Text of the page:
This group of young voters has no interest in the 2016 nominees. But they’re still going to vote

They are on the verge of becoming the country’s largest eligible voting demographic. However, a recent Pew study suggested millennials may not turnout in November in numbers reflecting their size, if recent turnout results are to be believed. Just 46% of 18-35 year olds voted in the 2012 election, little changed from the 50% that turned out in 2008.

“While it might be a ‘slam-dunk’ that Millennials soon will be the largest generation in the electorate, it will likely be a much longer time before they are the largest bloc of voters,” Pew says.

But Fusion’s Alicia Menendez recently sat down with a group of young Democrats and Republicans from Florida who are ready to cast a ballot— just not for their party’s presumptive nominee. While they might be disillusioned with their respective parties but they are far from ready to sit this one out.

When Menendez asked the group of young Republicans how they plan on voting in November, two said they would be voting Democrat: one for Hillary Clinton, and one is planning on writing in Bernie Sanders. Only two Republicans said with absolute certainty that they would be voting for Donald Trump, but one of those two later admitted they are considering switching parties all together.

“I don’t like anything that he stands for,” one said of Trump. “I hate racism, particularly… and look what happened with the orlando thing – he made it all about him and not about the victims.”

Not even a strong vice presidential pick would sway them.

“It’s like if you’re a jerk guy and you’re dating a nice girl, that doesn’t change the fact that you’re a jerk guy,” one of the respondents said.

The group of young Democrats—all staunch Bernie Sanders supporters—seemed to have adopted the same mindset. They would rather vote for Bernie—the candidate they believe in, even if it means giving Trump an edge in the election—than vote for their party’s candidate,

“She’s like a Nascar driver,” Matt said about Clinton. “She’s got the corporations written all over her.”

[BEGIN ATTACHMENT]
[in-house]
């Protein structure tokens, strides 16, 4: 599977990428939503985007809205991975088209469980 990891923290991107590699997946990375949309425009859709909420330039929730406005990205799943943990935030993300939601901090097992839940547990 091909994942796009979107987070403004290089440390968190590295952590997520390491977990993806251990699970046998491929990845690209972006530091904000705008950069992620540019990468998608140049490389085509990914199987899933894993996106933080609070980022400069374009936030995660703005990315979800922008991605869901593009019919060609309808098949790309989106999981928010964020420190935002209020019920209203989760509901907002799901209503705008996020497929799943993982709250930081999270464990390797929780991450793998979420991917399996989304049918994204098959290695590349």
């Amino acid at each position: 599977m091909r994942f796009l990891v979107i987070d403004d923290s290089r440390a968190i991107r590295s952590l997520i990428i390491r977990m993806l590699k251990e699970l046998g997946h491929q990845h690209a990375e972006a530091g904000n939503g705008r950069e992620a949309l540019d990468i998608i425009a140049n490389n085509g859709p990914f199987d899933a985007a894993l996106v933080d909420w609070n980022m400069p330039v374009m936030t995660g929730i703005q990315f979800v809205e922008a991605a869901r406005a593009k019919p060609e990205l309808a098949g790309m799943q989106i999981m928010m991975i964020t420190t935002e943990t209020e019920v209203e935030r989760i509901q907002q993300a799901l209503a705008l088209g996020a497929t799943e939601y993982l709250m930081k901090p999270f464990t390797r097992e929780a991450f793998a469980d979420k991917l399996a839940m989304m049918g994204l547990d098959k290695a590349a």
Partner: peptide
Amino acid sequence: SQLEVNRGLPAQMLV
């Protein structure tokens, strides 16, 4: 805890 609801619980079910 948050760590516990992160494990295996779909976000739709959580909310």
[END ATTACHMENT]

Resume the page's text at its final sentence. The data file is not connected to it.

“At least I tried for what I believe in,” said Destiny about her plan to write in Sanders’ name on the ballot come November. And she wasn’t alone: 7 of the 8 Democrats agreed it was better to vote with a clear conscious for someone they really support—namely, Sanders—than for a candidate they don’t.

A June 14th Bloomberg Politics national poll of likely voters in November’s election found that barely half of those who favored Sanders — 55% — plan to vote for Clinton.

“By voting for Bernie, you are pushing Trump into office. That’s what you are doing,” contended Billy, the only Democrat who by the end of the conversation was 100% committed to voting for Clinton in the general election.

But his fellow Democrats disagreed with this approach.

“I see where [Billy is] coming from completely about throwing your vote away, but I believe in Bernie Sanders’ political revolution, and I stand by it,” said Maria. “And I think it’s time for young people to stand behind him and actually go out and vote.”

Anthony also disagreed with Billy. “I would write in Bernie Sanders or I would vote for a third party, but I sure as shit ain’t sitting it out.”

The only scenario in which this group of young voters considered voting for Clinton was one in which Sanders was chosen as her vice president. When asked if they would back Clinton were Sanders to endorse the former Secretary of State, the voters still seemed unsure.

Note: A random list of eight registered Republican and eight registered Democrat voters ages 18 to 34 were sourced by Bendixen & Amandi International from around the Miami, Florida area. Prospective respondents were contacted randomly, and a diverse sampling of voters were screened to qualify for this research study.